In recent years, the face of work in the United States has been rapidly changing. As the nation begins to adopt new technologies and automation in the workplace, the demand for unskilled labor is simultaneously declining. With the expansion of alternative energy sources, the American tech sector, electric vehicles, etc., the need for technical workplace skills and advanced training is becoming more prevalent. While this new industrial revolution offers convenience and utility to consumers, it presents the national labor force with an interesting predicament. Absent some sort of intervention, one would imagine that this change could drastically increase unemployment, particularly in those who lack the skills or educational backgrounds required to perform the skilled labor high-tech firms will demand. To adequately address this evolving issue, the federal government may be forced to explore various solutions including job retraining programs or perhaps, universal basic income.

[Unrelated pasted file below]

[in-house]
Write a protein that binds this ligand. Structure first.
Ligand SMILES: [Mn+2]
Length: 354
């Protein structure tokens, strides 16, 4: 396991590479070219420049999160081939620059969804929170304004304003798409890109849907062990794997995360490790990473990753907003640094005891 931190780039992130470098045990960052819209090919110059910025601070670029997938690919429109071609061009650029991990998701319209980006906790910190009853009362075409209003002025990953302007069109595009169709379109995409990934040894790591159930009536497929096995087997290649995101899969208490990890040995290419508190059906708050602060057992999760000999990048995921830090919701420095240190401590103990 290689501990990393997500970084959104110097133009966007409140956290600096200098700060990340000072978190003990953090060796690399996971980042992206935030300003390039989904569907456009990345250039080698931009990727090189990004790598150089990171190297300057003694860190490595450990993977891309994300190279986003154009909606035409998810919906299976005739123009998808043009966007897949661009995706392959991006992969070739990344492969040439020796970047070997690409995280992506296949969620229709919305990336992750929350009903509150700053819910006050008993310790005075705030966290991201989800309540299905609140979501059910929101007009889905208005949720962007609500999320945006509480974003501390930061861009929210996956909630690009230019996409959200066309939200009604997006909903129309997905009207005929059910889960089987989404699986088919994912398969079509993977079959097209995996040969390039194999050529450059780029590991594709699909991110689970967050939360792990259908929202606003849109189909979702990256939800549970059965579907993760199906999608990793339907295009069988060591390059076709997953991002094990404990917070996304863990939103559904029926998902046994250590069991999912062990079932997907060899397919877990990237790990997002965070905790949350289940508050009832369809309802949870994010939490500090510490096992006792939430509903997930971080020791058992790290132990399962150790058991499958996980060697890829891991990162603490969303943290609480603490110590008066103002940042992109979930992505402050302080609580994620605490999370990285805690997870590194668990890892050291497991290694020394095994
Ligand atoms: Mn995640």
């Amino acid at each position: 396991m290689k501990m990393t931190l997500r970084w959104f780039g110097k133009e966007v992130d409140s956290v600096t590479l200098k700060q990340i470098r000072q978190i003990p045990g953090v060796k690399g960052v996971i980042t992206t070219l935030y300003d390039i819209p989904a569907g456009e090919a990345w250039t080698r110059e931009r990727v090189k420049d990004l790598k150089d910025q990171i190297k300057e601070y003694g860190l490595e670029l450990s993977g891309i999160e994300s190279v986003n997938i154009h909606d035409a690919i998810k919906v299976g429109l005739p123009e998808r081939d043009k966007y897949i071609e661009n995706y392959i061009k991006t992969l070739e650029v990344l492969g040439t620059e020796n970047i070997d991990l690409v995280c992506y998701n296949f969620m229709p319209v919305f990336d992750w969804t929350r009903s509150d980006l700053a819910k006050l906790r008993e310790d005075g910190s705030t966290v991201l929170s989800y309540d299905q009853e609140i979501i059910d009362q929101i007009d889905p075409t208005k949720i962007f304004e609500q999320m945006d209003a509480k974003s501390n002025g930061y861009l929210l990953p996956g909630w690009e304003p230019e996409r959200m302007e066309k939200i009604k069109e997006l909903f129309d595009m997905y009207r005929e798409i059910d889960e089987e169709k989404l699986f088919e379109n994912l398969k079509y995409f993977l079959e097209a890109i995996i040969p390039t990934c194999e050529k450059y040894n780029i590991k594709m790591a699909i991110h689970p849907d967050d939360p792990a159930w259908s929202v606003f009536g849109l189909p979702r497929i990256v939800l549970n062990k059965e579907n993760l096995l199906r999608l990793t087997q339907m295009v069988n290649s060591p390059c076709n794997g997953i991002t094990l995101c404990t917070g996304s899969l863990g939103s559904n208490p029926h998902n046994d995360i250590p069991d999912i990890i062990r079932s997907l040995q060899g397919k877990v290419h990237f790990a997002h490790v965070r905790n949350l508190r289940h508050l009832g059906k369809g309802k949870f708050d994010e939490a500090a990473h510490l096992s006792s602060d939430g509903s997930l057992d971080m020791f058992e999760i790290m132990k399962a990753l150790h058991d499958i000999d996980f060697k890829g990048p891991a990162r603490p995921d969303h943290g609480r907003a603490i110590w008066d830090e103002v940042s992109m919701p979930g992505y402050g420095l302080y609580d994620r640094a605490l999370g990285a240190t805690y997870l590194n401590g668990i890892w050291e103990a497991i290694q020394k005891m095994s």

Long before the COVID-19 pandemic ushered in a new era of remote work, economists and labor experts often debated how increased automation would change the future of work in America. At first, the dominant position in such debates was that eventually, “intelligent machines” would largely displace human workers, causing mass unemployment. In recent years, however, the prevailing view on the topic has begun to shift. According to an expansive report from McKinsey & Company, experts anticipate a “net positive job growth for the United States as a whole through 2030.” How can this be the case as increased automation is set to encapsulate more and more in the coming decade? The McKinsey report concedes that while “millions of jobs could be phased out” automation will add enough jobs to offset this loss, ensuring a net positive. This prediction clearly implies that while the quantity of American jobs may not suffer, the nature of these jobs is almost guaranteed to change. At the very least, such a dramatic shift raises questions about how American workers will bridge the gap between the jobs of yesterday and those of tomorrow.